Employees Work At A Glass Factory In Pingyao Township


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Does the term “brain surveillance” sound scary to you? Well, some companies in China are hoping to make that potential nightmare into a reality.

Hangzhou Zhongheng Electric is one of several companies equipping its laborers with helmets that read their brain activity, reports the South China Morning Post. The idea is that managers at these companies can see, with cold hard data, when their workers are stressed, happy, angry or sad, and adjust the work flow accordingly.

In other words, if you’re having a rough day, your benevolent boss knows, and he’ll shift the workload around to give you a bit of an easier day.

This whole endeavor boosts productivity, Hangzhou Zhongheng Electric reportedly told SCMP. Hangzhou’s State Grid Zhejiang Electric Power also reportedly uses the technology, with an executive telling the publication that brain surveillance has improved profits by over $300 million over the past four years.

MIT Technology Review, however, is skeptical about brain surveillance’s efficacy.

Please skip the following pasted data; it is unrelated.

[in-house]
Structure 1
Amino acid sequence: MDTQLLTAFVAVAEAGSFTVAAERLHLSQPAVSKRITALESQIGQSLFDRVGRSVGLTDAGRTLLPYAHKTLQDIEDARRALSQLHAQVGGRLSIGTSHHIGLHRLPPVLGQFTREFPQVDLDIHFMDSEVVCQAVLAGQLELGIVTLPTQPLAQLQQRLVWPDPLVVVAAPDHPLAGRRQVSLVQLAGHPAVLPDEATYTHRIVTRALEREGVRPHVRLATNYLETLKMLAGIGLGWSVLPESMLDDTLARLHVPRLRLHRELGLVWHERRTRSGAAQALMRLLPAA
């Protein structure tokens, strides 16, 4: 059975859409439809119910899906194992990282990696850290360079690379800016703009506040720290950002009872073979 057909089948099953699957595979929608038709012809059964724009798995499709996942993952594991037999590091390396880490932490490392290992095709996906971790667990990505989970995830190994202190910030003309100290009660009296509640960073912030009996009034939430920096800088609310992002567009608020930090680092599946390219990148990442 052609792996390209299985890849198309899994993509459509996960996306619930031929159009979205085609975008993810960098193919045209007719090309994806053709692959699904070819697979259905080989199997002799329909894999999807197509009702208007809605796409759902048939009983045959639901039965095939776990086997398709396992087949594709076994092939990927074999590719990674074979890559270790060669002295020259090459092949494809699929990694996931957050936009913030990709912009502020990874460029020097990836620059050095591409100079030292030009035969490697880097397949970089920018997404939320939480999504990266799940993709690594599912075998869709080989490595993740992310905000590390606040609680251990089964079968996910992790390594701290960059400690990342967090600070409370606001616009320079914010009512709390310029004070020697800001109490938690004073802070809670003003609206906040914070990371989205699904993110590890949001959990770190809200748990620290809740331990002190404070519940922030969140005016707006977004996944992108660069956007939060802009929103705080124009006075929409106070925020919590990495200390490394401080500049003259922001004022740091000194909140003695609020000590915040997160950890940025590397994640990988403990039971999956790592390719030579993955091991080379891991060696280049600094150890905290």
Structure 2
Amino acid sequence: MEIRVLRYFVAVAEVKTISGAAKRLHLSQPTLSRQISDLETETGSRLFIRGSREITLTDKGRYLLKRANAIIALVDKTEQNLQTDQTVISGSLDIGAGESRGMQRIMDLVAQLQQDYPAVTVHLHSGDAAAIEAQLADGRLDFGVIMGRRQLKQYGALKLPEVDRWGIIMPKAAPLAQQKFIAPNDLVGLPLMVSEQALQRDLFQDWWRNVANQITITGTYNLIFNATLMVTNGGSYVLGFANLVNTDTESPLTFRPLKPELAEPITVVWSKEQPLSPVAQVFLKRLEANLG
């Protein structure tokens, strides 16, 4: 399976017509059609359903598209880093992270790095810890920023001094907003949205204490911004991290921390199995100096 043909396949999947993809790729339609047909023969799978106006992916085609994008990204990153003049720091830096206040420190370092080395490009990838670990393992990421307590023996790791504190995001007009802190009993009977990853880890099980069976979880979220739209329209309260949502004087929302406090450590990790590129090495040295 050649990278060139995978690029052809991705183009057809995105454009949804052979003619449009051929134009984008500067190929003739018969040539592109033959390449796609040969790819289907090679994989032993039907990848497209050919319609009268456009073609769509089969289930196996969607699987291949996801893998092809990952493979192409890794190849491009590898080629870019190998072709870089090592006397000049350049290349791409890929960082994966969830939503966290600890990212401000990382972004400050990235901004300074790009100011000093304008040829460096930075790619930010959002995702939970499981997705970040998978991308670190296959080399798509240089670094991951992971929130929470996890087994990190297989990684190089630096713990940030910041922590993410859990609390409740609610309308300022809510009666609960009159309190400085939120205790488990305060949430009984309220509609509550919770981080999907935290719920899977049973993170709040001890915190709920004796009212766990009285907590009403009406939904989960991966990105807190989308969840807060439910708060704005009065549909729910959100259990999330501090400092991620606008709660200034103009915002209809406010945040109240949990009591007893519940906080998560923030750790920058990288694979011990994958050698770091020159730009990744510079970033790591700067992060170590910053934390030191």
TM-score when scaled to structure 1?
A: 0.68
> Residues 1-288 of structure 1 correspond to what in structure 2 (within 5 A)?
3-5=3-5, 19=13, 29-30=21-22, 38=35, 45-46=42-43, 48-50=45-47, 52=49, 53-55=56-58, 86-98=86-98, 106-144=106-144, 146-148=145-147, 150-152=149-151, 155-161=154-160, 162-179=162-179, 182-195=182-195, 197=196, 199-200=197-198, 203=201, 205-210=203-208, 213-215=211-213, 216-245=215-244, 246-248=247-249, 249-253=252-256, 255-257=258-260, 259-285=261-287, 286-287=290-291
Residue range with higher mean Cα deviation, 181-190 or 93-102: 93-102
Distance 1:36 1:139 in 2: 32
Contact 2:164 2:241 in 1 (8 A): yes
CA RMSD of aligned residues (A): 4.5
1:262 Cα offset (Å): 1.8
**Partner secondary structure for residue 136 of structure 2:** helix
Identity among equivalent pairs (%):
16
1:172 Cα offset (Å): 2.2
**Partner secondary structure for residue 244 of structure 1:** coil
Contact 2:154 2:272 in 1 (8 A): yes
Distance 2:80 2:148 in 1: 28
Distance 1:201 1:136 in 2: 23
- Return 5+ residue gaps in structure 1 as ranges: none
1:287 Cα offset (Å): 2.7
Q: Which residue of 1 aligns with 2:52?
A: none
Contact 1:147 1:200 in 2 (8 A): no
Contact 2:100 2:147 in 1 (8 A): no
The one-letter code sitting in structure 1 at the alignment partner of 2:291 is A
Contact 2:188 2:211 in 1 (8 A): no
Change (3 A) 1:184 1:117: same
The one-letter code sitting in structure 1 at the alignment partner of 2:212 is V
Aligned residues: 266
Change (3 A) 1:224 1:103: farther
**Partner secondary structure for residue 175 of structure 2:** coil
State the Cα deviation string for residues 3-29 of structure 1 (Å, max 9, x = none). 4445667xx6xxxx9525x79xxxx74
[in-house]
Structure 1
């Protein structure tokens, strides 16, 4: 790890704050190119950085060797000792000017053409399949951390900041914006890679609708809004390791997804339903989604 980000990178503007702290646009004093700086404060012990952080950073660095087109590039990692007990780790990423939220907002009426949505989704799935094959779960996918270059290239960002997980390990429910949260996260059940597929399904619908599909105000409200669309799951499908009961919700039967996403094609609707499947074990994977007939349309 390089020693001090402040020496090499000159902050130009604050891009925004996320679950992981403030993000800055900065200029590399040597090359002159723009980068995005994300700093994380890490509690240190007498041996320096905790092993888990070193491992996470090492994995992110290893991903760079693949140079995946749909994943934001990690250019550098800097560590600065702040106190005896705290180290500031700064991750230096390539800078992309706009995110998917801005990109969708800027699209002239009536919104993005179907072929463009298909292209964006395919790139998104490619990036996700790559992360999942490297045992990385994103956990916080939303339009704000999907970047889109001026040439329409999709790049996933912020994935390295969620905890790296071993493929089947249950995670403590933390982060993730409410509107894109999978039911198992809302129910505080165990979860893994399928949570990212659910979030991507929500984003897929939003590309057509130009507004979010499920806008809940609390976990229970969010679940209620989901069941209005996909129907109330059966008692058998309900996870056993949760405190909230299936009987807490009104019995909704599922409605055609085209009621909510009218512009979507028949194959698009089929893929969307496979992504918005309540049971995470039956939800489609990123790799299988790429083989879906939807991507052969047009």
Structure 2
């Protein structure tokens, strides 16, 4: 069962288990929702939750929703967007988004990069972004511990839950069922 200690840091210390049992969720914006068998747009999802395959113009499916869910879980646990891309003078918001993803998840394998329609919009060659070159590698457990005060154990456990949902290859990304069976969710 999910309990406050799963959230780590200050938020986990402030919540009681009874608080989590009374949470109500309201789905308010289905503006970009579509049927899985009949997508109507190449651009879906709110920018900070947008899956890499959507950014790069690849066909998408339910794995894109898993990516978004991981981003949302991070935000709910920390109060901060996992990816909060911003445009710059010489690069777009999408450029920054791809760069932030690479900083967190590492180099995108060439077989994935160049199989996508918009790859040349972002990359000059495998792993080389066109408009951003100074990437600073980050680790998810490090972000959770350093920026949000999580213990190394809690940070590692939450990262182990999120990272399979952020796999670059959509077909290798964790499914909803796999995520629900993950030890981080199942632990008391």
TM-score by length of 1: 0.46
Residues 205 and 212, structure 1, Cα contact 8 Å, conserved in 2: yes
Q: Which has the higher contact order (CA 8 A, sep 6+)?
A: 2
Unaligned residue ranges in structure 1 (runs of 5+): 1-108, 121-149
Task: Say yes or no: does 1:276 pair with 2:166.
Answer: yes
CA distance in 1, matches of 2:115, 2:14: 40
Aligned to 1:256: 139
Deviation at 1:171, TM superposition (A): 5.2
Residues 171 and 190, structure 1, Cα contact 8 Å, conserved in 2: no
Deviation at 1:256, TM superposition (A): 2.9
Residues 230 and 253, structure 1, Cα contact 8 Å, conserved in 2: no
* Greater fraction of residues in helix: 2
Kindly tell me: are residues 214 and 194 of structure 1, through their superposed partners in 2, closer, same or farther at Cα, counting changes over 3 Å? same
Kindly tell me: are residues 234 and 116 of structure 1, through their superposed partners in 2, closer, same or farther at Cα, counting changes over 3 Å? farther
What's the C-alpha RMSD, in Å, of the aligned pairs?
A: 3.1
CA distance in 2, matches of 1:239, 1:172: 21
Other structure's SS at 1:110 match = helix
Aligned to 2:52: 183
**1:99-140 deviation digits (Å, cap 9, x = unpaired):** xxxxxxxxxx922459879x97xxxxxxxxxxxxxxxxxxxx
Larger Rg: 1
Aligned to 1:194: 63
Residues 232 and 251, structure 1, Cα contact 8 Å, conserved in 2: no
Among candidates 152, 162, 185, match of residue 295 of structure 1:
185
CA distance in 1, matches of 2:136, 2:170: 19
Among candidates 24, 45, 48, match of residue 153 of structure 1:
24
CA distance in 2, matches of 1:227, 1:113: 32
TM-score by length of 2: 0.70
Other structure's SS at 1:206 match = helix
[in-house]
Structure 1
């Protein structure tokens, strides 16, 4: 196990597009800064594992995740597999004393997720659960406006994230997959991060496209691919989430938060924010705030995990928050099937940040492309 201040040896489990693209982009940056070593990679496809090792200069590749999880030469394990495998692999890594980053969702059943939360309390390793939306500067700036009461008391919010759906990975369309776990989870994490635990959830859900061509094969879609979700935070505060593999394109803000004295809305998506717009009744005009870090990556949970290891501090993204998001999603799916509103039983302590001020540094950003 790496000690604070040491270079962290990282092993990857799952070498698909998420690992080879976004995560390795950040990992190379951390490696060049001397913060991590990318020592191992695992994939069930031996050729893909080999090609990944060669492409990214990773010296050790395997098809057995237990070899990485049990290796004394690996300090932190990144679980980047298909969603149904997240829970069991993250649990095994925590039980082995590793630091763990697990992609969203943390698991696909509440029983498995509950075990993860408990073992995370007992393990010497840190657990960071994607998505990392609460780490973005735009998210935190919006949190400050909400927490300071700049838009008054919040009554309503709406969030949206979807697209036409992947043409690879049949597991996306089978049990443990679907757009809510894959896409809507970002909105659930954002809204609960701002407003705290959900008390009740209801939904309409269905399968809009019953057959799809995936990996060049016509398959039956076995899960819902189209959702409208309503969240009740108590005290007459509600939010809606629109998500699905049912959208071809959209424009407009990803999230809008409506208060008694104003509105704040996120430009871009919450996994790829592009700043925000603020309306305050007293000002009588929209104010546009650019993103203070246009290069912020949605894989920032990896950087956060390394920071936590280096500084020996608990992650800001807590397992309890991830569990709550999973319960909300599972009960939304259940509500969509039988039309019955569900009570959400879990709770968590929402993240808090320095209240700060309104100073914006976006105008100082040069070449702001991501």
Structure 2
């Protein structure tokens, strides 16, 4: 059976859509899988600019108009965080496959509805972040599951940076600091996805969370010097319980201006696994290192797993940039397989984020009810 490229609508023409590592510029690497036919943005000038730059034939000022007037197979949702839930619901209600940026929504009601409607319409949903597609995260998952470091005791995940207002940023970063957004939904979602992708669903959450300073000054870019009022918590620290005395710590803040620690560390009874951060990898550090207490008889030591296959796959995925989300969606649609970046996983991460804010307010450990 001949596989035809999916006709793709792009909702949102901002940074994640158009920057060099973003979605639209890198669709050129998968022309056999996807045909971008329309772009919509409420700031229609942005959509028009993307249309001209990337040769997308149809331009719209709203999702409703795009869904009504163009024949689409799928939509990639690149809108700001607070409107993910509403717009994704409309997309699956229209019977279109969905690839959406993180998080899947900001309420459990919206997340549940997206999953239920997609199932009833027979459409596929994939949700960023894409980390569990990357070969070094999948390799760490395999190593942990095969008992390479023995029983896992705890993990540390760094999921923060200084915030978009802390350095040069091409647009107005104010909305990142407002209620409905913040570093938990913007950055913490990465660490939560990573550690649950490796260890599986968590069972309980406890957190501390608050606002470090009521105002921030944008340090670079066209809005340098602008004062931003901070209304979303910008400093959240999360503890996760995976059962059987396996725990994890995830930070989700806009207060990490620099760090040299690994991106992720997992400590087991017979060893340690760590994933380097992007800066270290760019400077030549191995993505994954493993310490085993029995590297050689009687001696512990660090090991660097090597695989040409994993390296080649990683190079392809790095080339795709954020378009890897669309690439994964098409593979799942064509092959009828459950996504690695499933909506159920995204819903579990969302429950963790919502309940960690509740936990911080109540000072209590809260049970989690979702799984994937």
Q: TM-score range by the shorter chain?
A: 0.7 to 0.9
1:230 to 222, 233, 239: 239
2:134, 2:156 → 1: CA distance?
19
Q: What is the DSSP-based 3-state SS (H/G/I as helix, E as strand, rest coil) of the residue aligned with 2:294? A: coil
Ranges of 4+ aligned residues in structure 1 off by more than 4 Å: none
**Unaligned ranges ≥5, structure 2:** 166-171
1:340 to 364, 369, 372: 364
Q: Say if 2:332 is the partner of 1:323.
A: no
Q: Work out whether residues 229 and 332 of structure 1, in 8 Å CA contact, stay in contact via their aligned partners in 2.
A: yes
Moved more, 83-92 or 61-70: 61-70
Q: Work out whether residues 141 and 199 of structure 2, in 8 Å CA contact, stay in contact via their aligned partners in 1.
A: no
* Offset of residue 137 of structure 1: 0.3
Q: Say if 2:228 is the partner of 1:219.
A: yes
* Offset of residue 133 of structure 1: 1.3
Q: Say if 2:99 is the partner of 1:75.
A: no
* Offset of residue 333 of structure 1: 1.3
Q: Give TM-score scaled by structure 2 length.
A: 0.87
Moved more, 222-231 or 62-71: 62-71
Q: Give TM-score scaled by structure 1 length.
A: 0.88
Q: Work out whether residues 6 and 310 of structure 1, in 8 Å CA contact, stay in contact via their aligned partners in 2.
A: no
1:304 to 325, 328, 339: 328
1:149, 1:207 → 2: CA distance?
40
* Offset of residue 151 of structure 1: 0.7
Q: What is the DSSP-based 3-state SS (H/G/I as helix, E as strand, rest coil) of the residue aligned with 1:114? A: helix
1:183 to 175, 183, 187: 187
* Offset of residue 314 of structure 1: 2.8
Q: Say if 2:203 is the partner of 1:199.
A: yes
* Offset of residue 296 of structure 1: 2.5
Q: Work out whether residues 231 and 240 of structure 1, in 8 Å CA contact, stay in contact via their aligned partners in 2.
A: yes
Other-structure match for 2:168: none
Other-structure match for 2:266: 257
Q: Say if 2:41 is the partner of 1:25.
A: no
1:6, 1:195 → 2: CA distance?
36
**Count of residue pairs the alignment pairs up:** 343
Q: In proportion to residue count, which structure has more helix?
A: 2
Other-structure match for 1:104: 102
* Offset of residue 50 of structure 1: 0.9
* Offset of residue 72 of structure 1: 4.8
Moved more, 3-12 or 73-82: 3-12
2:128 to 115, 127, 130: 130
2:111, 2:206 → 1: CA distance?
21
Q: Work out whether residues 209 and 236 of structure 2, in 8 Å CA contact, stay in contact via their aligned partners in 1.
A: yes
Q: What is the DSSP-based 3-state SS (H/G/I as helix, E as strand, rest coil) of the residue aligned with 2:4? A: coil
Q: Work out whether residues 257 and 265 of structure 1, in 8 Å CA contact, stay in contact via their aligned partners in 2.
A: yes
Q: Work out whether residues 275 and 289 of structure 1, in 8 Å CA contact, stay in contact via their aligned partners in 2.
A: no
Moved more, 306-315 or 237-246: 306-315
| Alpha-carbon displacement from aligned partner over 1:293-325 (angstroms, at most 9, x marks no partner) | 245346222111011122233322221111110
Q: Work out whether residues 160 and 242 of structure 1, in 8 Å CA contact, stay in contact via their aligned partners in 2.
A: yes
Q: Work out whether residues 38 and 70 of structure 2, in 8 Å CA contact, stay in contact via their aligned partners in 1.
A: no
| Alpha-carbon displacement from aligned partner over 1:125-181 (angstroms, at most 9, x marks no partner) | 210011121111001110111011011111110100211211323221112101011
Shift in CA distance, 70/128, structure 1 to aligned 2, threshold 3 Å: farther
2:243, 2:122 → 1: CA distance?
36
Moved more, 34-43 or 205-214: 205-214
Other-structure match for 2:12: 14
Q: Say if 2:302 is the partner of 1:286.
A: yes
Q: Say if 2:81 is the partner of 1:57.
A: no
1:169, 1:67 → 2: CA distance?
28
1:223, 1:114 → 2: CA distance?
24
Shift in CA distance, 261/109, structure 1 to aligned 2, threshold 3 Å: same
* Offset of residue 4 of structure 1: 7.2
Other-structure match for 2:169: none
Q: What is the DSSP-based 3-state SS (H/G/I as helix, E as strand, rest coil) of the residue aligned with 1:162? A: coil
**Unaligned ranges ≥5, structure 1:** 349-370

“Over-the-skin brain scanning through EEG is still very limited in what it can detect, and the relationship between those signals and human emotion is not yet clear,” the Technology Review said in a blog post. It added that the claims of $300 million worth of efficiencies ARE “incredibly doubtful.”

But, as you may imagine, it’s not the economics that are of concern. China has adopted many technologies that some fear encroach on the privacy of its citizens. There are hundreds of millions of AI-powered CCTV cameras around the country, for instance, which can be used to identify and locate citizens in minutes. The government in Shenzen is working to use these cameras, along with messaging platform WeChat, to message fines to people who jaywalk.

“It’s alarming that Chinese companies are deploying this surveillance technology in such a widespread manner,” Amnesty International’s China Researcher William Nee said of the helmets. “The Chinese government does not allow independent trade unions, and so workers have little recourse if their employers want to use potentially invasive biometric surveillance technologies.

“Similarly, there are no safeguards to prevent the government from obtaining data collected from companies, and potentially using it to violate human rights.”

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